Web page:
US consumers are spending less on products and more on experience – a trend that could ease supply disruptions and inflationary pressures and help the travel industry this summer.
According to a report published by the MasterCard Economics Institute, leisure travel has returned to 2019 levels for the first time since the Covid stopped moving around the world. Despite an increase in global events since the beginning of the year and an 18 percent increase in average air fares, people are feeling more comfortable going on long-distance adventures.
“If flight bookings continue at their current pace, an estimated 1.5 billion more passengers will fly worldwide in 2022 than last year,” the report said, adding that “Europe has grown the most – around 550 million.”
Short and medium distance flights increased by 25 percent and 27 percent in April compared to the same period in 2019. Long-distance trips, which started below 75 percent of pre-epidemic levels, returned to just 7 percent below 2019. Towards the end of April. The passenger train is similarly close, the buses return to where they were. Cruise costs started 75 percent of the year from the peak of 2019 and now only 10 percent are getting embarrassed for a full recovery.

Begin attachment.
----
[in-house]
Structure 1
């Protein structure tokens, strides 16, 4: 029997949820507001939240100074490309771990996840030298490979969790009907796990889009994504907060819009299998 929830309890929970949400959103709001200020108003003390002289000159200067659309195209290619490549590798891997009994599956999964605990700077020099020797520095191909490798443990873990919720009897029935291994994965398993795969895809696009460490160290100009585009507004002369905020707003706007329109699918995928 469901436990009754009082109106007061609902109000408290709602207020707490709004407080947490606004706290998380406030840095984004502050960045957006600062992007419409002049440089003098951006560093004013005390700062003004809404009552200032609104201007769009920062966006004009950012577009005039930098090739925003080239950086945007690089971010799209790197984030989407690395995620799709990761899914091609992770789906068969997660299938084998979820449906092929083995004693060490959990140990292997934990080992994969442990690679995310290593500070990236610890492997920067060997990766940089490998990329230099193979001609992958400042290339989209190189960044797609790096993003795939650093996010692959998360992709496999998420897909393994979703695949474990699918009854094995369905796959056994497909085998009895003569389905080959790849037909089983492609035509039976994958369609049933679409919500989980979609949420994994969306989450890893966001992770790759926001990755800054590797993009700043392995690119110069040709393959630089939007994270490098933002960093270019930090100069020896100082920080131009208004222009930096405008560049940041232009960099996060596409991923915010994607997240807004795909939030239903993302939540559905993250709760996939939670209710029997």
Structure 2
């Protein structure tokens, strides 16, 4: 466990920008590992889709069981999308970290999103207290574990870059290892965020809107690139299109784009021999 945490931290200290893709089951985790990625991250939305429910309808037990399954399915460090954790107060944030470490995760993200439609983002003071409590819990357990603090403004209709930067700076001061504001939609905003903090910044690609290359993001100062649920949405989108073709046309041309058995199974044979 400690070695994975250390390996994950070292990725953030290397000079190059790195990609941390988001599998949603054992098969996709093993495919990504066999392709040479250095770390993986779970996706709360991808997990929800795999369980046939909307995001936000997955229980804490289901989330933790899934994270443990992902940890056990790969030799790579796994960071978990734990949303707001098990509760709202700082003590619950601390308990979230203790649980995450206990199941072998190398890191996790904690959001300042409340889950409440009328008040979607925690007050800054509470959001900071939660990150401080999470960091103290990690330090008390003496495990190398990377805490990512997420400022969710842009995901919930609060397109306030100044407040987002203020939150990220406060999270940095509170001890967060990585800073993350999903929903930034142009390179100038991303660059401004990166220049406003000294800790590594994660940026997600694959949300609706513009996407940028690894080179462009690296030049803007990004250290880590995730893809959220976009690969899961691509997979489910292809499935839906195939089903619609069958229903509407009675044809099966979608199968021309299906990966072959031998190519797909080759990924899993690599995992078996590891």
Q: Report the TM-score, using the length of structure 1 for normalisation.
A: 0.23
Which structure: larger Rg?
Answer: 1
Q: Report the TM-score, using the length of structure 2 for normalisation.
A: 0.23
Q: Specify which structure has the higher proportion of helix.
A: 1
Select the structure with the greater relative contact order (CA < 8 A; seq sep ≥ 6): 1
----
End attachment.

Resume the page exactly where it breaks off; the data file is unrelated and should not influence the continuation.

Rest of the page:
Tourist spending on nightclubs and bars increased by 72 percent, restaurants by 31 percent and other recreational activities such as museums, concerts and amusement parks increased by 35 percent compared to the 2019 level, the unpleasant demand for experience seems to be increasing. According to the report, tourists spend less on retail products such as clothing and cosmetics.
The report found that the most popular international destinations for travelers leaving North America in March were Mexico, and those leaving Europe, the Middle East and Africa were the United Kingdom. The United States tops the list of travelers from Latin America, the Caribbean and the Asia-Pacific region.